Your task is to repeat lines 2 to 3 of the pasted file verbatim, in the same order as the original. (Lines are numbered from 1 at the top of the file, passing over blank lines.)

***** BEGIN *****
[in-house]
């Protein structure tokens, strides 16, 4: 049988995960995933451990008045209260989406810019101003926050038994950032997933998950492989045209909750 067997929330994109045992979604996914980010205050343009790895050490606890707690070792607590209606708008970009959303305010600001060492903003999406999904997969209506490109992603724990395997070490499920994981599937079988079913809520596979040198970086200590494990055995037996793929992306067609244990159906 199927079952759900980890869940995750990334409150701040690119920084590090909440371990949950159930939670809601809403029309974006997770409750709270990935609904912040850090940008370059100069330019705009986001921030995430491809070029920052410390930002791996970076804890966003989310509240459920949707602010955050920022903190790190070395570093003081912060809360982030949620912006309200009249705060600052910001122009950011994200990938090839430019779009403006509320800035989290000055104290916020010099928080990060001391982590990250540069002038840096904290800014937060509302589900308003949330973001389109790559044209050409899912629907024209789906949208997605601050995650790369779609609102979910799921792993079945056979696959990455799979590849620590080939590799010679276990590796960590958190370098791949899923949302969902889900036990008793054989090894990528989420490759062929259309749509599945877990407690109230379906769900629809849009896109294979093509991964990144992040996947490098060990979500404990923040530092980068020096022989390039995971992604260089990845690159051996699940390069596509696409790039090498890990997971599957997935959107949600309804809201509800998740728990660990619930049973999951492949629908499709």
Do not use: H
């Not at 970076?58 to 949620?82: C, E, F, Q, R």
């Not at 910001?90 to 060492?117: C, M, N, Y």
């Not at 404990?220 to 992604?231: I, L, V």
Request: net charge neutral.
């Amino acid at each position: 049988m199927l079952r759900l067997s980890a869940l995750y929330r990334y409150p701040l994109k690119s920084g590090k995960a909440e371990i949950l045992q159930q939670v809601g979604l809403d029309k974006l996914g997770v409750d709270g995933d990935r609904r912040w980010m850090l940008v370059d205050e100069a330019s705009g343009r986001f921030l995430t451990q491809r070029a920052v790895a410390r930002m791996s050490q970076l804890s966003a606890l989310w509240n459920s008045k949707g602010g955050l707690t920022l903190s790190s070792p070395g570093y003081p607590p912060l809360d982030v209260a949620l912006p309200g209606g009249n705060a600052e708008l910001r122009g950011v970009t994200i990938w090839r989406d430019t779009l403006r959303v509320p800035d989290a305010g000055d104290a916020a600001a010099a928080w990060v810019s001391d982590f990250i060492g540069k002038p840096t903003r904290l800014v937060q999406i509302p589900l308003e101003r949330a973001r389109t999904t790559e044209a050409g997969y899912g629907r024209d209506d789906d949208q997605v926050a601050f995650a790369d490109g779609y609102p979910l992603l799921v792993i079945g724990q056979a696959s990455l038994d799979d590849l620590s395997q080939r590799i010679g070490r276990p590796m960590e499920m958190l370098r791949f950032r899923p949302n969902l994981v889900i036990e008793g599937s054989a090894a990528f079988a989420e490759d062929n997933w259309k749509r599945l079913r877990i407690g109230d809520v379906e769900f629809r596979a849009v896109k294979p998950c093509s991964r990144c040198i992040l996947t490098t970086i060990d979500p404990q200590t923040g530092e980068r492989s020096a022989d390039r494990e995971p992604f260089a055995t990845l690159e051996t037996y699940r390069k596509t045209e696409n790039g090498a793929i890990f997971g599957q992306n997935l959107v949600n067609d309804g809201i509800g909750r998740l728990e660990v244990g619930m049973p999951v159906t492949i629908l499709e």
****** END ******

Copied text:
């Protein structure tokens, strides 16, 4: 049988995960995933451990008045209260989406810019101003926050038994950032997933998950492989045209909750 067997929330994109045992979604996914980010205050343009790895050490606890707690070792607590209606708008970009959303305010600001060492903003999406999904997969209506490109992603724990395997070490499920994981599937079988079913809520596979040198970086200590494990055995037996793929992306067609244990159906 199927079952759900980890869940995750990334409150701040690119920084590090909440371990949950159930939670809601809403029309974006997770409750709270990935609904912040850090940008370059100069330019705009986001921030995430491809070029920052410390930002791996970076804890966003989310509240459920949707602010955050920022903190790190070395570093003081912060809360982030949620912006309200009249705060600052910001122009950011994200990938090839430019779009403006509320800035989290000055104290916020010099928080990060001391982590990250540069002038840096904290800014937060509302589900308003949330973001389109790559044209050409899912629907024209789906949208997605601050995650790369779609609102979910799921792993079945056979696959990455799979590849620590080939590799010679276990590796960590958190370098791949899923949302969902889900036990008793054989090894990528989420490759062929259309749509599945877990407690109230379906769900629809849009896109294979093509991964990144992040996947490098060990979500404990923040530092980068020096022989390039995971992604260089990845690159051996699940390069596509696409790039090498890990997971599957997935959107949600309804809201509800998740728990660990619930049973999951492949629908499709």
Do not use: H